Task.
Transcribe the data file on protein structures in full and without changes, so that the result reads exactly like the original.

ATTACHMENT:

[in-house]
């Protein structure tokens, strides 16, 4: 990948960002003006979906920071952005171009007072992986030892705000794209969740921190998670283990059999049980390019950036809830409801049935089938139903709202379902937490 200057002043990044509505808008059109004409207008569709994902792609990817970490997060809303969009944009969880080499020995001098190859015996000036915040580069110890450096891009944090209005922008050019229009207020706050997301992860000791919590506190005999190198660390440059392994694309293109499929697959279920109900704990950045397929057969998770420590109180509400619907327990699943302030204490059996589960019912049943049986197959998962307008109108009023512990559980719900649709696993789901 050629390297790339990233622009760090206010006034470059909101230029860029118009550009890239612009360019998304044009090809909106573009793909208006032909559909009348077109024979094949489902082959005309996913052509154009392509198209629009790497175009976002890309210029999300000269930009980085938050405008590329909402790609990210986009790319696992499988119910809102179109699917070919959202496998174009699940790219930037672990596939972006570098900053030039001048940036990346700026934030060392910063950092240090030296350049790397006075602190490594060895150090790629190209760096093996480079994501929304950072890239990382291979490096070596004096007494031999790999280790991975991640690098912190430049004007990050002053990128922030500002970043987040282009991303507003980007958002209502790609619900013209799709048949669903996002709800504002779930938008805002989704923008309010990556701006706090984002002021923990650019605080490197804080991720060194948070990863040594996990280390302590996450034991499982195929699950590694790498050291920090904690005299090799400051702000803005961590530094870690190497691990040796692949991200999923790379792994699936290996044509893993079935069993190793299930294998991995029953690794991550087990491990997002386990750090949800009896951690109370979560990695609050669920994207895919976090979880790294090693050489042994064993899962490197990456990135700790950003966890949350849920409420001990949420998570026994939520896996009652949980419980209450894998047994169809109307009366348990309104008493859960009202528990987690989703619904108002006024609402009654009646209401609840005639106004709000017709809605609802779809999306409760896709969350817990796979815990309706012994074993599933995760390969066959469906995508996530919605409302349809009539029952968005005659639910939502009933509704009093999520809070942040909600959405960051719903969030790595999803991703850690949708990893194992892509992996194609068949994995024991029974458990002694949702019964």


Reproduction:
[in-house]
């Protein structure tokens, strides 16, 4: 990948960002003006979906920071952005171009007072992986030892705000794209969740921190998670283990059999049980390019950036809830409801049935089938139903709202379902937490 200057002043990044509505808008059109004409207008569709994902792609990817970490997060809303969009944009969880080499020995001098190859015996000036915040580069110890450096891009944090209005922008050019229009207020706050997301992860000791919590506190005999190198660390440059392994694309293109499929697959279920109900704990950045397929057969998770420590109180509400619907327990699943302030204490059996589960019912049943049986197959998962307008109108009023512990559980719900649709696993789901 050629390297790339990233622009760090206010006034470059909101230029860029118009550009890239612009360019998304044009090809909106573009793909208006032909559909009348077109024979094949489902082959005309996913052509154009392509198209629009790497175009976002890309210029999300000269930009980085938050405008590329909402790609990210986009790319696992499988119910809102179109699917070919959202496998174009699940790219930037672990596939972006570098900053030039001048940036990346700026934030060392910063950092240090030296350049790397006075602190490594060895150090790629190209760096093996480079994501929304950072890239990382291979490096070596004096007494031999790999280790991975991640690098912190430049004007990050002053990128922030500002970043987040282009991303507003980007958002209502790609619900013209799709048949669903996002709800504002779930938008805002989704923008309010990556701006706090984002002021923990650019605080490197804080991720060194948070990863040594996990280390302590996450034991499982195929699950590694790498050291920090904690005299090799400051702000803005961590530094870690190497691990040796692949991200999923790379792994699936290996044509893993079935069993190793299930294998991995029953690794991550087990491990997002386990750090949800009896951690109370979560990695609050669920994207895919976090979880790294090693050489042994064993899962490197990456990135700790950003966890949350849920409420001990949420998570026994939520896996009652949980419980209450894998047994169809109307009366348990309104008493859960009202528990987690989703619904108002006024609402009654009646209401609840005639106004709000017709809605609802779809999306409760896709969350817990796979815990309706012994074993599933995760390969066959469906995508996530919605409302349809009539029952968005005659639910939502009933509704009093999520809070942040909600959405960051719903969030790595999803991703850690949708990893194992892509992996194609068949994995024991029974458990002694949702019964």